When Healthy Food Ceases to Be Healthy

We all realize how important it is to our overall well-being to eat healthy food. Poor diet contributes to a variety of negatives. It encourages excessive weight gain. It reduces energy levels. It makes us more vulnerable to illness and disease. Eating “the good stuff” should be a priority for all of us.

Fortunately, many of us have taken that lesson to heart and are making a conscious effort to purchase healthy food items. That’s certainly a step in the right direction, but some of us inadvertently undermine progress after making those smart selections due to the way we prepare those healthful ingredients. We often cross the line and our healthy food ceases to retain its nutritional value or we find ways to overwhelm the good with a series of bad decisions.

One example is our tendency to overcook vegetables. By subjecting healthy food to an intense and lengthy cooking process, we reduce its nutritional value, cooking much of the vitamins and nutrients right out of the food. A fresh carrot is a wonderful thing. A carrot roasted in a crock pot in the drippings of a fatty pot roast for six hours is a vaguely carrot-flavored piece of mush that maintains very little of its original nutritional value.

Another example is our willingness to treat healthy items in incredibly healthy ways. There’s no doubt that buying whole grain bread is better than purchasing a loaf of white bread. However, you undermine your efforts to live a healthier life when you slather two big slices of the whole gain alternative with several tablespoons of butter!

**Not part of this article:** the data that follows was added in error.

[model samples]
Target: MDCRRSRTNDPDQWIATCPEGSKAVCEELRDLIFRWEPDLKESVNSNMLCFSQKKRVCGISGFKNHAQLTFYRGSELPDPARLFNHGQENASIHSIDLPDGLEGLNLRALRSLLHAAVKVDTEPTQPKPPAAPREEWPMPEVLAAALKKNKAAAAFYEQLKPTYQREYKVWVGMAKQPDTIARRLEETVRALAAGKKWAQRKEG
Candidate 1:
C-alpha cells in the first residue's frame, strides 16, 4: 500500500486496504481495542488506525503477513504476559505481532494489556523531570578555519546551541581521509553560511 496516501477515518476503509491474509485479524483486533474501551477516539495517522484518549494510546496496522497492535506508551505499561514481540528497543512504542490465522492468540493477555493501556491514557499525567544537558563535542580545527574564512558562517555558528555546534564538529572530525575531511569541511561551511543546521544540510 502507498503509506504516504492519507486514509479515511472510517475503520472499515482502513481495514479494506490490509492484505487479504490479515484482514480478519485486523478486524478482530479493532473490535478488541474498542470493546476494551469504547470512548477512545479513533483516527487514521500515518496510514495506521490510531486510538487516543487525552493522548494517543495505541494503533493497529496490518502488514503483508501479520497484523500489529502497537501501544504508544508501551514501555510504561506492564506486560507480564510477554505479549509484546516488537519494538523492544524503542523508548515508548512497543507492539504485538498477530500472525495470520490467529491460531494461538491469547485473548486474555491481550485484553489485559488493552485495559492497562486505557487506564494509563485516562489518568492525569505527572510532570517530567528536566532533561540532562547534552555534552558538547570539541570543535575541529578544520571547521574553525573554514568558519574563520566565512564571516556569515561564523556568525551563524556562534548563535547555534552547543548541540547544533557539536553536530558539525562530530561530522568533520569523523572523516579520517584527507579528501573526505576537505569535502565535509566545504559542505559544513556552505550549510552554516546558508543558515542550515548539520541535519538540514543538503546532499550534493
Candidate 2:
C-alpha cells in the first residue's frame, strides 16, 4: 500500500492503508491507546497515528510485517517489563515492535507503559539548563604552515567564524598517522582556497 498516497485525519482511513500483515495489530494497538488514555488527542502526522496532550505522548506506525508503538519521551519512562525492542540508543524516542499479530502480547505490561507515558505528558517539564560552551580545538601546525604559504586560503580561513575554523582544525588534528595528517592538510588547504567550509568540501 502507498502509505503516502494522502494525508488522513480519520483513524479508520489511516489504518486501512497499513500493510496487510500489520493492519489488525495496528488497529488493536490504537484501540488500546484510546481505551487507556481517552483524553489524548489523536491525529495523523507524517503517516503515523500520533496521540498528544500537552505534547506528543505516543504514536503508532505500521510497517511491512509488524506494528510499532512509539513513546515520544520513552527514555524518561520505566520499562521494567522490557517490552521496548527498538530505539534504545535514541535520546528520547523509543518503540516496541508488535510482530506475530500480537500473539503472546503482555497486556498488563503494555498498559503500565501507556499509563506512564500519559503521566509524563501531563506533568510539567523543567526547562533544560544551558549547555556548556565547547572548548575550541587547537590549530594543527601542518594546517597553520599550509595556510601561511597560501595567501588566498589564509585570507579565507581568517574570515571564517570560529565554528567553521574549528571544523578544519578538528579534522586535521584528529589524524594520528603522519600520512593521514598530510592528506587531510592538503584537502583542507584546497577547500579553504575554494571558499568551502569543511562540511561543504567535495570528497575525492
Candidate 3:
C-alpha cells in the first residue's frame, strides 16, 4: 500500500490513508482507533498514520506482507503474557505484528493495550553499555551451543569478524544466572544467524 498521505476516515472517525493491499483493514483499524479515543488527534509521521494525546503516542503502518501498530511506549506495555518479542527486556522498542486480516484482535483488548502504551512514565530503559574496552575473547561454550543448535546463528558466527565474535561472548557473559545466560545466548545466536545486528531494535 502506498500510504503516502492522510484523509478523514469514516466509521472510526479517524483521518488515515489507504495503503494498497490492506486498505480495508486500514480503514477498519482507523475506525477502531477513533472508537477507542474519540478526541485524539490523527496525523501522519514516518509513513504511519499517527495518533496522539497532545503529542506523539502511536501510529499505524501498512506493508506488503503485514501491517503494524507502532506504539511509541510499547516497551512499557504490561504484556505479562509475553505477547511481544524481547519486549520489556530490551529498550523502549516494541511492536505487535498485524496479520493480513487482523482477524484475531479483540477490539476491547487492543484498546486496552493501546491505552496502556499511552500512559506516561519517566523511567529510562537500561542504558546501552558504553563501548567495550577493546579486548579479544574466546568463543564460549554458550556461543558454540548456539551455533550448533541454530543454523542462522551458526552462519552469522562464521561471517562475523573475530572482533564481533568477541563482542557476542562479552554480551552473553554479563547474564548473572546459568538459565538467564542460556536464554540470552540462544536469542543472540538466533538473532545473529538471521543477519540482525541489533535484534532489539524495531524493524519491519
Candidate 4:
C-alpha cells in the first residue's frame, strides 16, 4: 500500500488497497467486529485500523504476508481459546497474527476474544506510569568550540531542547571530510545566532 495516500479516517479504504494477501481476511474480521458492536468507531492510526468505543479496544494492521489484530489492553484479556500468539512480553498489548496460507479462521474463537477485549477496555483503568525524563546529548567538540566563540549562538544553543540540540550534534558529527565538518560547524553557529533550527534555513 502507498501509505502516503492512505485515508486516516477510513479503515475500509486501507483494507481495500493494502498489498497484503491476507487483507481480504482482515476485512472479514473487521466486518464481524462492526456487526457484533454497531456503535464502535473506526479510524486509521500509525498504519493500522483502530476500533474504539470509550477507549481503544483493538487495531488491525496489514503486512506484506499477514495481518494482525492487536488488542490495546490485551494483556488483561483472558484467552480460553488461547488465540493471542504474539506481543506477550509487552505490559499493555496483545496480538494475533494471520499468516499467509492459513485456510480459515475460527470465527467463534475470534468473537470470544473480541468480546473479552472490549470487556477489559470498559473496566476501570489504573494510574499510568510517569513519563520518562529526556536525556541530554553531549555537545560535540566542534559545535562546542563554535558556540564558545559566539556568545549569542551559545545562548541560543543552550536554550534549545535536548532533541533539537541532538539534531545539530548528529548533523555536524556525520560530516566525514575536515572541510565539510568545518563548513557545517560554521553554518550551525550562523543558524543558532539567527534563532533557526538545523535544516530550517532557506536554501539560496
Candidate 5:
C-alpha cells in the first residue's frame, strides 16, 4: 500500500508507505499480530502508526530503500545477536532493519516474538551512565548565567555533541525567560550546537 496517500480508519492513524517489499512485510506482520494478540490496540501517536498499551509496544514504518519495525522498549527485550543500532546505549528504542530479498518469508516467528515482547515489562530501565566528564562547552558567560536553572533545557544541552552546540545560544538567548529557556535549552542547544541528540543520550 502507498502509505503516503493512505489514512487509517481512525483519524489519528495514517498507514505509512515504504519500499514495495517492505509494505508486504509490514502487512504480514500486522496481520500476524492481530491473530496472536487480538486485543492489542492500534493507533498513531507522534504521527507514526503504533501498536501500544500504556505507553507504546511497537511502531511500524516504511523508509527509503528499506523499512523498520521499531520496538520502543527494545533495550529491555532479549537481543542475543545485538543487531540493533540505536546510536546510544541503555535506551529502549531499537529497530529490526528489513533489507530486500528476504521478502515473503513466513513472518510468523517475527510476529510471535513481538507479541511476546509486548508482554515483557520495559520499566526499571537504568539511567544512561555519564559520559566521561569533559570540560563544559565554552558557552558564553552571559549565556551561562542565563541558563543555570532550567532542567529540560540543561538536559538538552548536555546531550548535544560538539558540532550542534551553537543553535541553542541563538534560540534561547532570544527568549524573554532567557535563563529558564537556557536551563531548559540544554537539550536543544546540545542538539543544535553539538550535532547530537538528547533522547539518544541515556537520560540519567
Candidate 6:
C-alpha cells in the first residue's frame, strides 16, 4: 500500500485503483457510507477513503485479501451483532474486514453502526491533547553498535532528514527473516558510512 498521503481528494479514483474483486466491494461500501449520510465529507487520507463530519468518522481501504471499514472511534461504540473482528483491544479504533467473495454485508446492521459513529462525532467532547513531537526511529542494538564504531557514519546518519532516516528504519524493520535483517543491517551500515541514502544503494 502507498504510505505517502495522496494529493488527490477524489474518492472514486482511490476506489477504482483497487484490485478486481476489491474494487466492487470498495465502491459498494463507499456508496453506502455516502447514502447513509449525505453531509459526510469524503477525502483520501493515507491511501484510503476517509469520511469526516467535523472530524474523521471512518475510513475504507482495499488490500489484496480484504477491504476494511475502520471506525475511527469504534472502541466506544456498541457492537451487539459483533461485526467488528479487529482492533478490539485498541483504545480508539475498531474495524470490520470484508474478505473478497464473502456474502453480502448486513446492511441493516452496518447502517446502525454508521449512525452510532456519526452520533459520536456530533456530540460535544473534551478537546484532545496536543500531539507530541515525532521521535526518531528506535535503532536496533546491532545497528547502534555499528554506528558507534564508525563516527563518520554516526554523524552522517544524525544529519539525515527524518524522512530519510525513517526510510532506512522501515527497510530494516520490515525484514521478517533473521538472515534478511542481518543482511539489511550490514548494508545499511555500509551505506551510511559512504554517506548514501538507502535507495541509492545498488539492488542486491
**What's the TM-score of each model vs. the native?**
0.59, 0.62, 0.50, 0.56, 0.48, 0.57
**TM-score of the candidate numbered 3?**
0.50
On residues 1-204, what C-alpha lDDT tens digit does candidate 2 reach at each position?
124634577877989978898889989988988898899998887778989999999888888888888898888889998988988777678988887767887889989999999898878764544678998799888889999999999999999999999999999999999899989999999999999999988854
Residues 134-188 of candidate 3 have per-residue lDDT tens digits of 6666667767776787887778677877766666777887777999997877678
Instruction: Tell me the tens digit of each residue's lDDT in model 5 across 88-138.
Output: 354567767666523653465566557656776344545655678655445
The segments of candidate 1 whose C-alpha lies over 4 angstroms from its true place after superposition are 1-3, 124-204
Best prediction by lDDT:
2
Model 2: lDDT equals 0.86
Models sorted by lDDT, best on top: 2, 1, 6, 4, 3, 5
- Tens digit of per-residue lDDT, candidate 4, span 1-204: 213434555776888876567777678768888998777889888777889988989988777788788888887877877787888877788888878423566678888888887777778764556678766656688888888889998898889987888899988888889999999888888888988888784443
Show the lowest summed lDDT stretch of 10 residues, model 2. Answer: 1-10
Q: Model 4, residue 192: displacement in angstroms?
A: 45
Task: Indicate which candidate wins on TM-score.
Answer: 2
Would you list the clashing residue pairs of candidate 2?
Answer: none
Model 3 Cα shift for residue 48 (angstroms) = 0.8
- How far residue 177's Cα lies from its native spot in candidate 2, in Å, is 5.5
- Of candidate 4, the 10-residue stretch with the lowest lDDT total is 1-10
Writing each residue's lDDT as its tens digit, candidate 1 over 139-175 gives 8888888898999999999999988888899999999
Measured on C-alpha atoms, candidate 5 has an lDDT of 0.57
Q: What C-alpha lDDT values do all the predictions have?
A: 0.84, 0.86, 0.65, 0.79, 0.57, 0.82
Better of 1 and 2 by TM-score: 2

Eating a boneless, skinless chicken breast is better than choking down a fatty sausage, but when your chicken is swimming in a heavy cream sauce, it’s hard to see a real health advantage to making the switch. There’s nothing all that healthy about fresh mushrooms when their battered and fried. A salad is a wonderful idea. When it’s dripping in ranch dressing and is topped with three fistfuls of croutons, it isn’t really doing you much good.

Put simply, buying healthy food isn’t enough. We need to treat it the right way after we make the purchase. Sure, there’s some incremental gain involved if you do everything the same way with better ingredients, but that improvement is nothing compared to what you can do for yourself by using healthy foods in healthy ways.

Congratulate yourself of the decision to buy healthier ingredients. That’s a great step in a much better direction. Now, challenge yourself to use those wonderful items in ways that will allow you to experience their full health benefit. If you cook your healthy food in smart ways, you’ll begin to notice a significant difference in your health, appearance and energy levels.

Source by Astrid Port